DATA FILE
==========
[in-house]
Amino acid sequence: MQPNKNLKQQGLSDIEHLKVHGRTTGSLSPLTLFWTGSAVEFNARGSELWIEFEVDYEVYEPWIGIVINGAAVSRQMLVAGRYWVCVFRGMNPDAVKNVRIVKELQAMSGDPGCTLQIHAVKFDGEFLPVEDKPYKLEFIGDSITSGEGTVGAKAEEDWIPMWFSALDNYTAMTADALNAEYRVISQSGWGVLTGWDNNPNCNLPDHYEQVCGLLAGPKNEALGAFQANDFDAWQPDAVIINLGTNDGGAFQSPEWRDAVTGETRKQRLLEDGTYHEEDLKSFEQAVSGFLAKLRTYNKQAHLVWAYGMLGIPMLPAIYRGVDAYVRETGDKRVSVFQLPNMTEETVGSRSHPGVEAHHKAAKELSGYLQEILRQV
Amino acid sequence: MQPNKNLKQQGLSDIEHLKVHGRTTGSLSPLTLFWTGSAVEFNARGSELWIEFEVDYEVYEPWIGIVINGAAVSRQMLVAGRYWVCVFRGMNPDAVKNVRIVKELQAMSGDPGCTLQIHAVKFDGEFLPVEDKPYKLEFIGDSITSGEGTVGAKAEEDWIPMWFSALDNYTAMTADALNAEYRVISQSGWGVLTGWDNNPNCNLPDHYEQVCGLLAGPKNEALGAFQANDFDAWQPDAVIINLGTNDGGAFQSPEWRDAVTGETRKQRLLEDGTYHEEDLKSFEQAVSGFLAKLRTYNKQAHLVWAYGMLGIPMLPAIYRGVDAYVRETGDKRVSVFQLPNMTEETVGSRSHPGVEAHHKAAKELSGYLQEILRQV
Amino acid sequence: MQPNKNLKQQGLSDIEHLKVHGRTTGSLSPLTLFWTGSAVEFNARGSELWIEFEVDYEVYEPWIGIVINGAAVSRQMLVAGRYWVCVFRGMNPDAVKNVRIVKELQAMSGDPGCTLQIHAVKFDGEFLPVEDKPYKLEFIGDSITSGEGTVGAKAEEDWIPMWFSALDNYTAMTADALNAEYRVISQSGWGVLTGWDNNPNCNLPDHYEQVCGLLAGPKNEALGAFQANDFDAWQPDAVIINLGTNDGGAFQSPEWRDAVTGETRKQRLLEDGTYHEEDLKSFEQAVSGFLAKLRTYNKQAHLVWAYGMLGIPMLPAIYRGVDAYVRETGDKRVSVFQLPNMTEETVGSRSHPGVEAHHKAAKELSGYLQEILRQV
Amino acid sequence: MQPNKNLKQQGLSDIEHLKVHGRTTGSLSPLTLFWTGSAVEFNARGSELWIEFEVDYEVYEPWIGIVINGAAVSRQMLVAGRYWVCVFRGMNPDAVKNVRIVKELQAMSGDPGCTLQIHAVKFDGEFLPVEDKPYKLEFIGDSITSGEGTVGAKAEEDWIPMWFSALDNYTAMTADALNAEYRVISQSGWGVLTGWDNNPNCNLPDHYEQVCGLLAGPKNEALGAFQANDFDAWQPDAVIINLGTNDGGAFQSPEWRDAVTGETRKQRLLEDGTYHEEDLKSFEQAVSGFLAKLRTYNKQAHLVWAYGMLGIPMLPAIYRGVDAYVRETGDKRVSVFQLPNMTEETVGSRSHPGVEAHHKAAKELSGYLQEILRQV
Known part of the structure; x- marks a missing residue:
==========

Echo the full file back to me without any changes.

[in-house]
Amino acid sequence: MQPNKNLKQQGLSDIEHLKVHGRTTGSLSPLTLFWTGSAVEFNARGSELWIEFEVDYEVYEPWIGIVINGAAVSRQMLVAGRYWVCVFRGMNPDAVKNVRIVKELQAMSGDPGCTLQIHAVKFDGEFLPVEDKPYKLEFIGDSITSGEGTVGAKAEEDWIPMWFSALDNYTAMTADALNAEYRVISQSGWGVLTGWDNNPNCNLPDHYEQVCGLLAGPKNEALGAFQANDFDAWQPDAVIINLGTNDGGAFQSPEWRDAVTGETRKQRLLEDGTYHEEDLKSFEQAVSGFLAKLRTYNKQAHLVWAYGMLGIPMLPAIYRGVDAYVRETGDKRVSVFQLPNMTEETVGSRSHPGVEAHHKAAKELSGYLQEILRQV
Amino acid sequence: MQPNKNLKQQGLSDIEHLKVHGRTTGSLSPLTLFWTGSAVEFNARGSELWIEFEVDYEVYEPWIGIVINGAAVSRQMLVAGRYWVCVFRGMNPDAVKNVRIVKELQAMSGDPGCTLQIHAVKFDGEFLPVEDKPYKLEFIGDSITSGEGTVGAKAEEDWIPMWFSALDNYTAMTADALNAEYRVISQSGWGVLTGWDNNPNCNLPDHYEQVCGLLAGPKNEALGAFQANDFDAWQPDAVIINLGTNDGGAFQSPEWRDAVTGETRKQRLLEDGTYHEEDLKSFEQAVSGFLAKLRTYNKQAHLVWAYGMLGIPMLPAIYRGVDAYVRETGDKRVSVFQLPNMTEETVGSRSHPGVEAHHKAAKELSGYLQEILRQV
Amino acid sequence: MQPNKNLKQQGLSDIEHLKVHGRTTGSLSPLTLFWTGSAVEFNARGSELWIEFEVDYEVYEPWIGIVINGAAVSRQMLVAGRYWVCVFRGMNPDAVKNVRIVKELQAMSGDPGCTLQIHAVKFDGEFLPVEDKPYKLEFIGDSITSGEGTVGAKAEEDWIPMWFSALDNYTAMTADALNAEYRVISQSGWGVLTGWDNNPNCNLPDHYEQVCGLLAGPKNEALGAFQANDFDAWQPDAVIINLGTNDGGAFQSPEWRDAVTGETRKQRLLEDGTYHEEDLKSFEQAVSGFLAKLRTYNKQAHLVWAYGMLGIPMLPAIYRGVDAYVRETGDKRVSVFQLPNMTEETVGSRSHPGVEAHHKAAKELSGYLQEILRQV
Amino acid sequence: MQPNKNLKQQGLSDIEHLKVHGRTTGSLSPLTLFWTGSAVEFNARGSELWIEFEVDYEVYEPWIGIVINGAAVSRQMLVAGRYWVCVFRGMNPDAVKNVRIVKELQAMSGDPGCTLQIHAVKFDGEFLPVEDKPYKLEFIGDSITSGEGTVGAKAEEDWIPMWFSALDNYTAMTADALNAEYRVISQSGWGVLTGWDNNPNCNLPDHYEQVCGLLAGPKNEALGAFQANDFDAWQPDAVIINLGTNDGGAFQSPEWRDAVTGETRKQRLLEDGTYHEEDLKSFEQAVSGFLAKLRTYNKQAHLVWAYGMLGIPMLPAIYRGVDAYVRETGDKRVSVFQLPNMTEETVGSRSHPGVEAHHKAAKELSGYLQEILRQV
Known part of the structure; x- marks a missing residue: